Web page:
Open Access Articles

Indoor Carbon Monoxide Levels of Hookah Lounges

An Open Access article published in the Health Behavior and Policy Review Journal.
The full article is available as a PDF download.

Authors:

Mary Martinasek PhD, RRT
Allison Calvanese, BS
Frederic B. Montz, BS
Nicole Tosto, BS
Kimberly Dobrinski, PhD, MLS (ASCP)

Objective:

Waterpipe tobacco smoking results in the inhalation of carcinogens, bacteria and heavy metals; however, despite the negative health effects, waterpipe tobacco smoking or hookah smoking continues to be a favored social smoking behavior for young adults. High levels of carbon monoxide can impair normal brain function and put individuals at increased health risk. The purpose of this study was to measure the carbon monoxide levels in the ambient air of 10 hookah lounges surrounding college campuses in the metropolitan area of Tampa, Florida.

Methods:

The study consisted of repeated measurements of ambient air carbon monoxide inside the hookah lounges over 4 hours during peak times of use.

Results:

Of the 10 hookah bars, 7 had levels above what is considered harmful to human health. These data provide evidence of high levels of CO produced in indoor hookah lounges that varied and were not predictable based on cigarette smoking allowed, ventilation systems, and whether doors were opened or closed.

Conclusions:

Stricter regulation is needed in hookah lounges to avoid toxic exposures by patrons.

Source: Health Behavior and Policy Review, Volume 9, Number 6, November 2022, pp. 1103-1110(8)
Publisher: Paris Scholar Publishing Ltd.
DOI: https://doi.org/10.14485/HBPR.9.6.3

2023-01-18T11:22:38-07:00January 18th, 2023|Tobacco|

Increasing and Retaining Tween Knowledge of Proper Medicine Use

An Open Access article published in the Health Behavior and Policy Review Journal.
The full article is available as a PDF download.

Authors:

Leslie Bloom, MS
Leily Saadat-Lajevardi, MSEd, MBA
Andrew Myers, MD
Mary Kathryn Malone, MEd, MBA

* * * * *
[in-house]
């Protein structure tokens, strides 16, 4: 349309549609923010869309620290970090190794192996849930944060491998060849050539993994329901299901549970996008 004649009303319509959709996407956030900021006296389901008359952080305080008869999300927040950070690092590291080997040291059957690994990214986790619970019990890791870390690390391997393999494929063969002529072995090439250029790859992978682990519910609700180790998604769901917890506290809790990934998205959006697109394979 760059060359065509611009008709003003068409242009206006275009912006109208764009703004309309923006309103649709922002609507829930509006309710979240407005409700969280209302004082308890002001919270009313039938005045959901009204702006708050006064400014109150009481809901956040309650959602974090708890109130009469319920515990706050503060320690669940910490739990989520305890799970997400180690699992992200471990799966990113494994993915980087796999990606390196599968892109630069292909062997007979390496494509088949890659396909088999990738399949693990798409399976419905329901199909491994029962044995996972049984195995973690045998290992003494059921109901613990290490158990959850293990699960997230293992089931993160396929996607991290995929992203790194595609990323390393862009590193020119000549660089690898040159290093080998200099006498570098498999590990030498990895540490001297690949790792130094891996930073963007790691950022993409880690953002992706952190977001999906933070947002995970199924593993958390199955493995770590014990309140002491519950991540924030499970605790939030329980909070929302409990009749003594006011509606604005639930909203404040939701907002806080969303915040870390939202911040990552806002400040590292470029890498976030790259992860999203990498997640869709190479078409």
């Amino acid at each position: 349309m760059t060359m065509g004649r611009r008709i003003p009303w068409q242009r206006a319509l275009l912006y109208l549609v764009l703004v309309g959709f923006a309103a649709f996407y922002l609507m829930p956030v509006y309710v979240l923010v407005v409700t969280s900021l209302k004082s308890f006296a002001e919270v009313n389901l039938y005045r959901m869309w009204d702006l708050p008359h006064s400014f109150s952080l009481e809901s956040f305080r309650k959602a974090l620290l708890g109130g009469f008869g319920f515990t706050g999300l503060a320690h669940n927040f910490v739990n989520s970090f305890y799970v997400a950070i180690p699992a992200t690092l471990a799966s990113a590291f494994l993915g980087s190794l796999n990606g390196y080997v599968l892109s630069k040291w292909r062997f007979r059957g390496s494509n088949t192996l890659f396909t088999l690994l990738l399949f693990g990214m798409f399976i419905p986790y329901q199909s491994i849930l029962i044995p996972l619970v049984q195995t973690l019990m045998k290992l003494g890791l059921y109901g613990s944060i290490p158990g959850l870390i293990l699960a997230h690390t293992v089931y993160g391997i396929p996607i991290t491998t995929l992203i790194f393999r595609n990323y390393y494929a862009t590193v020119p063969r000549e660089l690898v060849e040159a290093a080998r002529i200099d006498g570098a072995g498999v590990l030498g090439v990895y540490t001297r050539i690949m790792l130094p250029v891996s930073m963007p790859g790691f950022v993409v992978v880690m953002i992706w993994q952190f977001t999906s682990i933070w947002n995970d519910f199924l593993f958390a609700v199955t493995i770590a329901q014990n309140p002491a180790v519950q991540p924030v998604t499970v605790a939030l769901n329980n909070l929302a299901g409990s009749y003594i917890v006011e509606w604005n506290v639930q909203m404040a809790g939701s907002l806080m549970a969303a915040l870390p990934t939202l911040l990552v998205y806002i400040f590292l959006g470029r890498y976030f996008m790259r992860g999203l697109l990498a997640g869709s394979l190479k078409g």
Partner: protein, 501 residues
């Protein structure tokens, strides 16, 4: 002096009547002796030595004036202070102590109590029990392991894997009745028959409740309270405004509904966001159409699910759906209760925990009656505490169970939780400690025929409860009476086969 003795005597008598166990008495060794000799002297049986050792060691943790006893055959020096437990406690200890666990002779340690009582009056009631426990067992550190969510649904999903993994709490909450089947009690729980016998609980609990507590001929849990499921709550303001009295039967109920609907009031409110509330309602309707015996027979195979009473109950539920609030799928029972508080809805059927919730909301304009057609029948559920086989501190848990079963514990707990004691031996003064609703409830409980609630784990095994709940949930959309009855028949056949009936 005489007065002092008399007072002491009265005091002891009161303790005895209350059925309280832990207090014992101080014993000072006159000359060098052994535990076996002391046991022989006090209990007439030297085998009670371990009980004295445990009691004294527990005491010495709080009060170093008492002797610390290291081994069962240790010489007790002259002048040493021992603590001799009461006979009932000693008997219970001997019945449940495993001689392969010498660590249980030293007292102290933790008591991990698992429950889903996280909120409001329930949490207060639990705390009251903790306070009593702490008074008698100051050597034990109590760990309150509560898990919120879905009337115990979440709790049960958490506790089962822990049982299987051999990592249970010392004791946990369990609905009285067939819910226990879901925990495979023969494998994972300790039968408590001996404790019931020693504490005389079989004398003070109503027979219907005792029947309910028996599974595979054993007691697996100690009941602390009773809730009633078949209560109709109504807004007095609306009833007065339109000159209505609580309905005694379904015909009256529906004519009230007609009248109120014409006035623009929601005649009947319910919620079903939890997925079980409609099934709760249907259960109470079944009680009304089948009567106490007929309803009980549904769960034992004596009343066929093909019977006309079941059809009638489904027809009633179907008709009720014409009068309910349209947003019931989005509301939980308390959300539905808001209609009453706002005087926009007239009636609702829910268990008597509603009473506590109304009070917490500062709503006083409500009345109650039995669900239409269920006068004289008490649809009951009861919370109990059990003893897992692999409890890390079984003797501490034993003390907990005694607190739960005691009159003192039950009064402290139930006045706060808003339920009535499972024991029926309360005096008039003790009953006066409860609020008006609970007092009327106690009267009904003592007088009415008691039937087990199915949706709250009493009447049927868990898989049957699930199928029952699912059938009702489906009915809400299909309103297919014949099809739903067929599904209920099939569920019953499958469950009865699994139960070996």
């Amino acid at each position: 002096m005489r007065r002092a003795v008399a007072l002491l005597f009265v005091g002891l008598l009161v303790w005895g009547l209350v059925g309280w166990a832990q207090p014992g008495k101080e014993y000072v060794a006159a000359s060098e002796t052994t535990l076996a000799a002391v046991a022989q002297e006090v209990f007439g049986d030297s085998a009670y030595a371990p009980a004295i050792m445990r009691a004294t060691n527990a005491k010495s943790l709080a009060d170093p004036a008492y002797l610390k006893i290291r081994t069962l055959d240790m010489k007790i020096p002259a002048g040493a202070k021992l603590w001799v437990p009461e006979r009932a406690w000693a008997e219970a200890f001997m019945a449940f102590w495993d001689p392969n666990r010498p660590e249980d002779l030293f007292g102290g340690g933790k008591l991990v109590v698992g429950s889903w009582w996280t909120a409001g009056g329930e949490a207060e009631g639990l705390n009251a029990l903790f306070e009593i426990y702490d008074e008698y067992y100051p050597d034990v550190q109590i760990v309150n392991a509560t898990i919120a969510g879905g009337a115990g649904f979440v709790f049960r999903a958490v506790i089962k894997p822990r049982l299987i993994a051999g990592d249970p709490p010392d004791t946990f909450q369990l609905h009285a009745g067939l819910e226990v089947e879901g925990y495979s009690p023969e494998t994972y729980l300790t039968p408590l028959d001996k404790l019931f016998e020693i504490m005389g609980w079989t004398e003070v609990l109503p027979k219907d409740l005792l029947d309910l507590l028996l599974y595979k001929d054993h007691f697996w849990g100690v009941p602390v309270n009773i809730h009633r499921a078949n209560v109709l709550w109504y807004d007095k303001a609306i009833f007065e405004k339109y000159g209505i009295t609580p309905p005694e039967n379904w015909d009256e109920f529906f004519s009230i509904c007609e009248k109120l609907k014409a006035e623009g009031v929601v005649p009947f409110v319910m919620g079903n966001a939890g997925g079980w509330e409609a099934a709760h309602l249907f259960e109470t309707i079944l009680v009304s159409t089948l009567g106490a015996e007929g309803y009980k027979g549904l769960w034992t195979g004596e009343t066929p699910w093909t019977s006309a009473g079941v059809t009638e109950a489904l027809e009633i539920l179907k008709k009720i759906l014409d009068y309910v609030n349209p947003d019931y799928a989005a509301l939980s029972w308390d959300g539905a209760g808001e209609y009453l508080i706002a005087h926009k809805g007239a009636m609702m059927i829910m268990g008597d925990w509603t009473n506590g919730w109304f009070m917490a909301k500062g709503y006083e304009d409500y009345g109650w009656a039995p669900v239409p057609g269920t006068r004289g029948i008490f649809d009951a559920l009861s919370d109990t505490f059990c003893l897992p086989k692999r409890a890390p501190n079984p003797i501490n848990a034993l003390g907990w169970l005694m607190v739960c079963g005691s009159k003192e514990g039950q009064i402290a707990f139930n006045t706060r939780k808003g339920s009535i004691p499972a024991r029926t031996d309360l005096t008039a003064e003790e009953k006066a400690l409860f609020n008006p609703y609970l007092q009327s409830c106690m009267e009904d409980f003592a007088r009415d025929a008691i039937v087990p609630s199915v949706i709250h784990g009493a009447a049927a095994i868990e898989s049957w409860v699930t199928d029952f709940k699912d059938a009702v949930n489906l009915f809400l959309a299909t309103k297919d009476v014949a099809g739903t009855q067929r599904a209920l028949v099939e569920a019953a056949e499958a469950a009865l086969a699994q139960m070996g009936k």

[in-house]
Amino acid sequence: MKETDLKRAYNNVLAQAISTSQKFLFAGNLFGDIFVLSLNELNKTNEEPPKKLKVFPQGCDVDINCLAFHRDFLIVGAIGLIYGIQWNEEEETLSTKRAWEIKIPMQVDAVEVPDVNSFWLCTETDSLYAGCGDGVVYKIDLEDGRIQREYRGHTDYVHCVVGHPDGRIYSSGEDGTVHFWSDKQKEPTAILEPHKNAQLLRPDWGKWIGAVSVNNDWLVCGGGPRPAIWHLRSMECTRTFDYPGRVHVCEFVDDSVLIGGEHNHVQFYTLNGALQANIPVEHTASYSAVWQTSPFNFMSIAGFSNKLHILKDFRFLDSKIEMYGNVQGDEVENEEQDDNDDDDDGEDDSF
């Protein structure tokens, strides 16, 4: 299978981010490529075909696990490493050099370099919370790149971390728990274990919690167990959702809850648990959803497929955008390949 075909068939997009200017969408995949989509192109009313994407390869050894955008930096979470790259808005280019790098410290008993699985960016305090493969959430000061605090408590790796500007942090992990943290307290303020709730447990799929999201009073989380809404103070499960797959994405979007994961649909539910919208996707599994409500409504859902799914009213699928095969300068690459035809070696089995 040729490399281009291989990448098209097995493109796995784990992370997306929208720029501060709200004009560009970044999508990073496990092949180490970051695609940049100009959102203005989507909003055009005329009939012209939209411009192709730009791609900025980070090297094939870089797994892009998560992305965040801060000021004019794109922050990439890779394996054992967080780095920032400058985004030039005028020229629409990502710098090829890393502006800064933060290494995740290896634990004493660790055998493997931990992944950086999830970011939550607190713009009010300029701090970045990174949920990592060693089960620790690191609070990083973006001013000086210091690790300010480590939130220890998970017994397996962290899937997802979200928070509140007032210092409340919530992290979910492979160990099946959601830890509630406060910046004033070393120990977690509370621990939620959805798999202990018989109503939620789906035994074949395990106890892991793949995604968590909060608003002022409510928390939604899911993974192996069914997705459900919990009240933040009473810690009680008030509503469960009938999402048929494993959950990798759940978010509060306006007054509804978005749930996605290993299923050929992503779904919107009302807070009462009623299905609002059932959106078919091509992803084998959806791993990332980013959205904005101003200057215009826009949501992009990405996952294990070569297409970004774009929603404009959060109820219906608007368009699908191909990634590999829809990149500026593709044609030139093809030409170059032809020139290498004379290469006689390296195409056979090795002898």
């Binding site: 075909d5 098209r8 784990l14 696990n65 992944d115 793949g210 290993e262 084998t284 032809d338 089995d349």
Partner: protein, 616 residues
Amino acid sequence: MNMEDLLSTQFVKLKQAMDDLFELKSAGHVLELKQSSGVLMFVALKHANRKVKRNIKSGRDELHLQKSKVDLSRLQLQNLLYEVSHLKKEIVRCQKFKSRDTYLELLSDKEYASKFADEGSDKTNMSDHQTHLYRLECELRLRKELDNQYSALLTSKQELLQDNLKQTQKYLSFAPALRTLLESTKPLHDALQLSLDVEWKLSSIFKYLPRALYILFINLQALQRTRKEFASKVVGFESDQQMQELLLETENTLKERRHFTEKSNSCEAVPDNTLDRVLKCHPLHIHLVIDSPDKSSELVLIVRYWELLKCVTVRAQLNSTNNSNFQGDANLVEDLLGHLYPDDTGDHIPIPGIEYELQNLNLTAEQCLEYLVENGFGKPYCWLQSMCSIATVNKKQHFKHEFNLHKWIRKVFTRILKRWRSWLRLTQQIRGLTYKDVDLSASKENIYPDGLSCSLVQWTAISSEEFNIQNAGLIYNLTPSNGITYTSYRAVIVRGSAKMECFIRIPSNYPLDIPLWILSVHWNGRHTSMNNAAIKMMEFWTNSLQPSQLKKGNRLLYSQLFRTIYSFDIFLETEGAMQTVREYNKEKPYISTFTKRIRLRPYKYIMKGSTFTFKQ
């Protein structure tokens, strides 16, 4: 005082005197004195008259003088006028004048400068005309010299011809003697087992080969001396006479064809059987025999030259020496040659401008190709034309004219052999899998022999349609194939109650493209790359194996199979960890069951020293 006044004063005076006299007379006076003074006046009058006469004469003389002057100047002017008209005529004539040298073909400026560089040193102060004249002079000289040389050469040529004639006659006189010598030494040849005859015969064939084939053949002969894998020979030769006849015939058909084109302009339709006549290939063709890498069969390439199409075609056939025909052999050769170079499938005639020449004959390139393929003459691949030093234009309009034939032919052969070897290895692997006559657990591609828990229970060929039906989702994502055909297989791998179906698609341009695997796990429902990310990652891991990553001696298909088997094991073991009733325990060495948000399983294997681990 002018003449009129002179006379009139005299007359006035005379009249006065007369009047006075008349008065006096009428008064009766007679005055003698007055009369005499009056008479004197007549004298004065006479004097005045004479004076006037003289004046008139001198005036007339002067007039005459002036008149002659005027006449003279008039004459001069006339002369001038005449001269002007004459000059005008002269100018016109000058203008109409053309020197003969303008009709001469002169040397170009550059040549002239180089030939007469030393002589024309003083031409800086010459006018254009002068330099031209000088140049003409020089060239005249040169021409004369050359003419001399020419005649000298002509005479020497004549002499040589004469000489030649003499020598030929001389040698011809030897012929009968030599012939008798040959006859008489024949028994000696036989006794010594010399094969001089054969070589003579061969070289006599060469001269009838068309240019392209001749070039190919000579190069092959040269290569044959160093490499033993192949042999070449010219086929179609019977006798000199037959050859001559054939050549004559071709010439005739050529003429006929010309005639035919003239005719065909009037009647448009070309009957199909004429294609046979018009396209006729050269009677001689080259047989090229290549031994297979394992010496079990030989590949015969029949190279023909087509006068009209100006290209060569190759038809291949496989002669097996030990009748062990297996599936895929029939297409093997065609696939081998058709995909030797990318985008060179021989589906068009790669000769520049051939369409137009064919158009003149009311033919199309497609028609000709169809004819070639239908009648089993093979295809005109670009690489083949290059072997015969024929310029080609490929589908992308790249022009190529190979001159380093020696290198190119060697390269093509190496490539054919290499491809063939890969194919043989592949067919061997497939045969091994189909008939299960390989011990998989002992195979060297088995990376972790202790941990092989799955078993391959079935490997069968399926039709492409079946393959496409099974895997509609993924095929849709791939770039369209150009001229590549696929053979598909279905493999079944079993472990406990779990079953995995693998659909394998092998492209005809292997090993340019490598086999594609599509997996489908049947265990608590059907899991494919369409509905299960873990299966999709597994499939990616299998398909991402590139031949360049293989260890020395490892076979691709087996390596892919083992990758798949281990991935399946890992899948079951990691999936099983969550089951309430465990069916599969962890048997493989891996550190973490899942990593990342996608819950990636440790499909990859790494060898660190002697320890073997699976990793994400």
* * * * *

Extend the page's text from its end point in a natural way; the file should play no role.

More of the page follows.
Brenda Zimmerman, MS

Objective:

OTC Medicine Safety, a free, easily accessible, in-classroom educational program available through Young Minds Inspired (https://ymiclassroom.com/lesson-plans/otcmedsafety), was developed to improve adolescents’ knowledge of safe use of medicines. In a proof-of-concept study, students increased knowledge about safe, appropriate use of over-the-counter (OTC) medicines. In this study, we assessed whether the OTC Medicine Safety program effectively increased students’ knowledge and if students retained this knowledge over time.

Methods:

We measured student knowledge before implementation (baseline, Quiz 1) immediately after implementation (Quiz 2), and 10 weeks after baseline (Quiz 3) in 3 test schools. We measured knowledge at similar intervals in 3 control schools (no program implementation).

Results:

Baseline knowledge was low (average 39.3% of 36 questions answered correctly). Among intervention schools, scores significantly improved immediately (average correct 62.9%) after implementation and were retained at 10 weeks (59.8%) (p < .001). Change in score from baseline among intervention schools immediately after the lesson implementation was significantly higher than corresponding changes from baseline among control schools (intervention: +23.0 vs control: -3.2) and at 10 weeks (intervention: +19.9 vs control: -2.9), p < .001.